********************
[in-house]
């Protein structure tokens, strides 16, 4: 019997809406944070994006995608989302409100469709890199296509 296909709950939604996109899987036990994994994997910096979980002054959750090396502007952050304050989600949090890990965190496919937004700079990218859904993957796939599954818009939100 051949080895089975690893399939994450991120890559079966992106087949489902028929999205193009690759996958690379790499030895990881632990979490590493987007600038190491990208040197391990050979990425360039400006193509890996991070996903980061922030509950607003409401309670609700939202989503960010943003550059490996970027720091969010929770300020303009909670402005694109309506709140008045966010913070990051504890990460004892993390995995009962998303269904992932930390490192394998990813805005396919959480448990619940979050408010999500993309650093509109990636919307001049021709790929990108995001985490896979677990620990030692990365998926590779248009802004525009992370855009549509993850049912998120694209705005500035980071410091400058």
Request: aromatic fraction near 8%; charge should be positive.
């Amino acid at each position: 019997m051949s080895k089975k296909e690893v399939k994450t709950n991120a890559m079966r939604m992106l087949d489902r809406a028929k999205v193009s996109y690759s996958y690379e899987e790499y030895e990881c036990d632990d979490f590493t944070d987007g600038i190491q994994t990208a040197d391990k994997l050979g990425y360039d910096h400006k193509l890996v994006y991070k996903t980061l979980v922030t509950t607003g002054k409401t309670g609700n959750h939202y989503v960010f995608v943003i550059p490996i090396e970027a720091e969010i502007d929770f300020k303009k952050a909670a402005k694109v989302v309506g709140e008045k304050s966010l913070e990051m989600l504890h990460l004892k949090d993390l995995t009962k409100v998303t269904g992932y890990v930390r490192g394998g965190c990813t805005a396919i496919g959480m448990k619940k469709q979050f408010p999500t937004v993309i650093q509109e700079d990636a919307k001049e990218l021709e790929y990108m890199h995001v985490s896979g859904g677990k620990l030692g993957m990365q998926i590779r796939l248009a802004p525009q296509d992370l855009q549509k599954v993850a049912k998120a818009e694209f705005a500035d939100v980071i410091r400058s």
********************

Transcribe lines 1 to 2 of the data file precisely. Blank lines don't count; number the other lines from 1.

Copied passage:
[in-house]
């Protein structure tokens, strides 16, 4: 019997809406944070994006995608989302409100469709890199296509 296909709950939604996109899987036990994994994997910096979980002054959750090396502007952050304050989600949090890990965190496919937004700079990218859904993957796939599954818009939100 051949080895089975690893399939994450991120890559079966992106087949489902028929999205193009690759996958690379790499030895990881632990979490590493987007600038190491990208040197391990050979990425360039400006193509890996991070996903980061922030509950607003409401309670609700939202989503960010943003550059490996970027720091969010929770300020303009909670402005694109309506709140008045966010913070990051504890990460004892993390995995009962998303269904992932930390490192394998990813805005396919959480448990619940979050408010999500993309650093509109990636919307001049021709790929990108995001985490896979677990620990030692990365998926590779248009802004525009992370855009549509993850049912998120694209705005500035980071410091400058």